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In the equations below, each variable in lowercase italics represents a vector.
The weights in an LSTM block, grouped in the matrices and (i.e. the weights of the recurrent connections), are used to direct the operation of the gates. These weights are applied to the values that feed into the block (including the input vector and the output from the previous time at step ) at each of the gates. Thus, the LSTM block determines how to maintain its memory as a function of those values, and training its weights causes the block to learn the function that minimizes loss[further explanation needed].
LSTM with a forget gateEdit
where the initial values are and and the operator denotes the Hadamard product (entry-wise product). The subscripts refer to the time step.
- : input vector to the LSTM block
- : forget gate's activation vector
- : input gate's activation vector
- : output gate's activation vector
- : output vector of the LSTM block
- : cell state vector
- , and : weight matrices and bias vector parameters which need to be learned during training
- : sigmoid function.
- : hyperbolic tangent function.
- : hyperbolic tangent function or, as the peephole LSTM paper[which?] suggests, .
The figure on the right is a graphical representation of a LSTM (block) with peephole connections (i.e. a peephole LSTM). Peephole connections allow the gates to access the constant error carousel (CEC), whose activation is the cell state. is not used, is used instead in most places.
To minimize LSTM's total error on a set of training sequences, iterative gradient descent such as backpropagation through time can be used to change each weight in proportion to its derivative with respect to the error. A problem with using gradient descent for standard RNNs is that error gradients vanish exponentially quickly with the size of the time lag between important events. This is due to if the spectral radius of is smaller than 1. With LSTM blocks, however, when error values are back-propagated from the output, the error remains in the block's memory. This "error carousel" continuously feeds error back to each of the gates until they learn to cut off the value. Thus, regular backpropagation is effective at training an LSTM block to remember values for long durations.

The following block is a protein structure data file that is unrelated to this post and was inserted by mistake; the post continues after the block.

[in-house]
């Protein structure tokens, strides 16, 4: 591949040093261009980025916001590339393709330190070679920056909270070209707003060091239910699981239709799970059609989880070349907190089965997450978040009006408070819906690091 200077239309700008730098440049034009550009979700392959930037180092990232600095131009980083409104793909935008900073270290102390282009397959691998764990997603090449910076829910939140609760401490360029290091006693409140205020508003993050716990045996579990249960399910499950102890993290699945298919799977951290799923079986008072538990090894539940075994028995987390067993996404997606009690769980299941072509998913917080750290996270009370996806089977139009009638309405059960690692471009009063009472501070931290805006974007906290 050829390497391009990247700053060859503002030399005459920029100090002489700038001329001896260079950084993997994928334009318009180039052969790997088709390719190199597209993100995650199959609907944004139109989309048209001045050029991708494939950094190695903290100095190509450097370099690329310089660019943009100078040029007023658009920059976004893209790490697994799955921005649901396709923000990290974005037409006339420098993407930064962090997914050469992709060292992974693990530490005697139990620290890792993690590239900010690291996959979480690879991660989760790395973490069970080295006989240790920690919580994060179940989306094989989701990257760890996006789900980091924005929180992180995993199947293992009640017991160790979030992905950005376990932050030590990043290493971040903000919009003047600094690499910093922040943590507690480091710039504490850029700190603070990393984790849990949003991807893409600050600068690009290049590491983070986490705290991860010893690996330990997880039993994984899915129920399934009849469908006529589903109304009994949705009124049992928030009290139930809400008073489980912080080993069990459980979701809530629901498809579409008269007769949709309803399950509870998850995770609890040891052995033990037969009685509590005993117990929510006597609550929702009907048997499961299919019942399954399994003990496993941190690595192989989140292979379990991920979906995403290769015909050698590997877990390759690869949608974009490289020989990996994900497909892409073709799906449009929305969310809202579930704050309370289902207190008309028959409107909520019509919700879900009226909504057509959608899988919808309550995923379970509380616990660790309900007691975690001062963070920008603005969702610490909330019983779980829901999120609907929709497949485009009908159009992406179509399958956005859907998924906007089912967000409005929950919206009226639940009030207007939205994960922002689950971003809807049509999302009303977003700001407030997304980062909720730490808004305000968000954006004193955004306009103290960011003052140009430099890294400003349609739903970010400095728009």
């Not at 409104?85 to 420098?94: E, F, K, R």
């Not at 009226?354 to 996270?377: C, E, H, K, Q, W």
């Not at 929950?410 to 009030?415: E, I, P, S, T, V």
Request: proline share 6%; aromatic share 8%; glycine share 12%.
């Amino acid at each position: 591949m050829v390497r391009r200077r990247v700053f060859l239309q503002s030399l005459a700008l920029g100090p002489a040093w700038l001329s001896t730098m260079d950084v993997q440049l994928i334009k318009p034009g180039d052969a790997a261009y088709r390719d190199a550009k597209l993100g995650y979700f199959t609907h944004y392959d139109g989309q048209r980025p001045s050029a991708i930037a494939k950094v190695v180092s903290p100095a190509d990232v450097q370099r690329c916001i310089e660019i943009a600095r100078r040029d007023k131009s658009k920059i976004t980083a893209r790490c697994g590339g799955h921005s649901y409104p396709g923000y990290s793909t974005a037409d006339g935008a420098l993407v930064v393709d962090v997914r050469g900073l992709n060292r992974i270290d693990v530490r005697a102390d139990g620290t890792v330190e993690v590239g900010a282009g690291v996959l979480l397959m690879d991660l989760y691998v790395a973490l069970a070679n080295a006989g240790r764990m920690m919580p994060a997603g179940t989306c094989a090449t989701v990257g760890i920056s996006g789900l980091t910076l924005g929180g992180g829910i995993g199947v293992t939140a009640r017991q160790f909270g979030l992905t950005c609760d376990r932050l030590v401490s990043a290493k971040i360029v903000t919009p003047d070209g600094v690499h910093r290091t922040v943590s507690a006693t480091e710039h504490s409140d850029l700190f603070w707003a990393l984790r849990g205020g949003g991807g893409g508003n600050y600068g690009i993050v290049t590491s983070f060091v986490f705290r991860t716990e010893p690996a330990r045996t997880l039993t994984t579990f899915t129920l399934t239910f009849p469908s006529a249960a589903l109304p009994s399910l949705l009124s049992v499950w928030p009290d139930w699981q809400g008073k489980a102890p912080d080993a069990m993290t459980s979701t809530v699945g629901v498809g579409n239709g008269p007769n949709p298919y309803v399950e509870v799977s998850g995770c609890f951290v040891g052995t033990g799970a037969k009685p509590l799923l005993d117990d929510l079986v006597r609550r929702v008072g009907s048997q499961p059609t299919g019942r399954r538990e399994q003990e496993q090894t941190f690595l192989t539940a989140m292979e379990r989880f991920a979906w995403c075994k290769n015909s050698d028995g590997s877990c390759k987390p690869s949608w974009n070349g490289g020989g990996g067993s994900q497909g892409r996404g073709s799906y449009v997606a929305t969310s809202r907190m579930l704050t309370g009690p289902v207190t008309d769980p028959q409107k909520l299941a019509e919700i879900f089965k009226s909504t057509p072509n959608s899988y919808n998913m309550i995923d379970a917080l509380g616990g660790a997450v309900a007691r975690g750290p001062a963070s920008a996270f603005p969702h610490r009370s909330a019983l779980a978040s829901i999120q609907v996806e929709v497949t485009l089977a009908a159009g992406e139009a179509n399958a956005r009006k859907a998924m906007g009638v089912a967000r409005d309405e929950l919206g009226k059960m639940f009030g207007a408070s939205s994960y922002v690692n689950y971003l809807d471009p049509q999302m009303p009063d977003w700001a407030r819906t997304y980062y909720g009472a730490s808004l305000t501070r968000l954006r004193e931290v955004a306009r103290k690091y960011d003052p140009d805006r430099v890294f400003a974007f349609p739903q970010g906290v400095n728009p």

LSTM can also be trained by a combination of artificial evolution for weights to the hidden units, and pseudo-inverse or support vector machines for weights to the output units. In reinforcement learning applications LSTM can be trained by policy gradient methods, evolution strategies or genetic algorithms.
CTC score functionEdit
Many applications use stacks of LSTM RNNs and train them by connectionist temporal classification (CTC) to find an RNN weight matrix that maximizes the probability of the label sequences in a training set, given the corresponding input sequences. CTC achieves both alignment and recognition.
Backpropagation in a LSTMEdit
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Applications of LSTM include:
- Robot control
- Time series prediction
- Speech recognition
- Rhythm learning
- Music composition
- Grammar learning
- Handwriting recognition
- Human action recognition
- Protein Homology Detection
- Predicting subcellular localization of proteins
LSTM has Turing completeness in the sense that given enough network units it can compute any result that a conventional computer can compute, provided it has the proper weight matrix, which may be viewed as its program[further explanation needed].
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- Recurrent Neural Networks with over 30 LSTM papers by Jürgen Schmidhuber's group at IDSIA
- Gers PhD thesis on LSTM networks.
- Fraud detection paper with two chapters devoted to explaining recurrent neural networks, especially LSTM.
- Paper on a high-performing extension of LSTM that has been simplified to a single node type and can train arbitrary architectures.
- Tutorial: How to implement LSTM in Python with Theano
- A Beginner’s Guide to Recurrent Networks and LSTMs